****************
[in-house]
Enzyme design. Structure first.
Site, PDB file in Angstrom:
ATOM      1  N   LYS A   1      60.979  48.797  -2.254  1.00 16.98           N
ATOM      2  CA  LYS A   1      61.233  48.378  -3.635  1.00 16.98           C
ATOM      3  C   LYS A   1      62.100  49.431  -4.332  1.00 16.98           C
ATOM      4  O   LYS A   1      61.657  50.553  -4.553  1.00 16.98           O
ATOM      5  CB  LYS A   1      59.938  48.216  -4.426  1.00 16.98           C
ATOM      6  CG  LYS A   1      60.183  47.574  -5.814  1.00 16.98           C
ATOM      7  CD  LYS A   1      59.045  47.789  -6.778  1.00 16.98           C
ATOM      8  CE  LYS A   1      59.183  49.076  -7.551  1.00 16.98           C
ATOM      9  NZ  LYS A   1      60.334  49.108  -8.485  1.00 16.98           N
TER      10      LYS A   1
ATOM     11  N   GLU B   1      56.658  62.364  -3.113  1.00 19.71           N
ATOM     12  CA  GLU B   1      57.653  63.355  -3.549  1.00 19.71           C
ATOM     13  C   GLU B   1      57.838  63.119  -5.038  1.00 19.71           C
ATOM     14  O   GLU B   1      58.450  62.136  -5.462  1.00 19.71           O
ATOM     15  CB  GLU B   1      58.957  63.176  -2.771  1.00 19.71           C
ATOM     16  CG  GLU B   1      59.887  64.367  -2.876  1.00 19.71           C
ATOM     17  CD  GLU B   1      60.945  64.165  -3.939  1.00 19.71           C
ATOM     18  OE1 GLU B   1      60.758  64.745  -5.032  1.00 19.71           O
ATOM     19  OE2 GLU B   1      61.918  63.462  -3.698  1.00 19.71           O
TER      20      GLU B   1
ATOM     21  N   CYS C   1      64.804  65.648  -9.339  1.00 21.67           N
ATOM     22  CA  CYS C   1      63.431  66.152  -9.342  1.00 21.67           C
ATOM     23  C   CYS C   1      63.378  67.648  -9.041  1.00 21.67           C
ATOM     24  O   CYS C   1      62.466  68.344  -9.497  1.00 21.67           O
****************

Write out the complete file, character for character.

[in-house]
Enzyme design. Structure first.
Site, PDB file in Angstrom:
ATOM      1  N   LYS A   1      60.979  48.797  -2.254  1.00 16.98           N
ATOM      2  CA  LYS A   1      61.233  48.378  -3.635  1.00 16.98           C
ATOM      3  C   LYS A   1      62.100  49.431  -4.332  1.00 16.98           C
ATOM      4  O   LYS A   1      61.657  50.553  -4.553  1.00 16.98           O
ATOM      5  CB  LYS A   1      59.938  48.216  -4.426  1.00 16.98           C
ATOM      6  CG  LYS A   1      60.183  47.574  -5.814  1.00 16.98           C
ATOM      7  CD  LYS A   1      59.045  47.789  -6.778  1.00 16.98           C
ATOM      8  CE  LYS A   1      59.183  49.076  -7.551  1.00 16.98           C
ATOM      9  NZ  LYS A   1      60.334  49.108  -8.485  1.00 16.98           N
TER      10      LYS A   1
ATOM     11  N   GLU B   1      56.658  62.364  -3.113  1.00 19.71           N
ATOM     12  CA  GLU B   1      57.653  63.355  -3.549  1.00 19.71           C
ATOM     13  C   GLU B   1      57.838  63.119  -5.038  1.00 19.71           C
ATOM     14  O   GLU B   1      58.450  62.136  -5.462  1.00 19.71           O
ATOM     15  CB  GLU B   1      58.957  63.176  -2.771  1.00 19.71           C
ATOM     16  CG  GLU B   1      59.887  64.367  -2.876  1.00 19.71           C
ATOM     17  CD  GLU B   1      60.945  64.165  -3.939  1.00 19.71           C
ATOM     18  OE1 GLU B   1      60.758  64.745  -5.032  1.00 19.71           O
ATOM     19  OE2 GLU B   1      61.918  63.462  -3.698  1.00 19.71           O
TER      20      GLU B   1
ATOM     21  N   CYS C   1      64.804  65.648  -9.339  1.00 21.67           N
ATOM     22  CA  CYS C   1      63.431  66.152  -9.342  1.00 21.67           C
ATOM     23  C   CYS C   1      63.378  67.648  -9.041  1.00 21.67           C
ATOM     24  O   CYS C   1      62.466  68.344  -9.497  1.00 21.67           O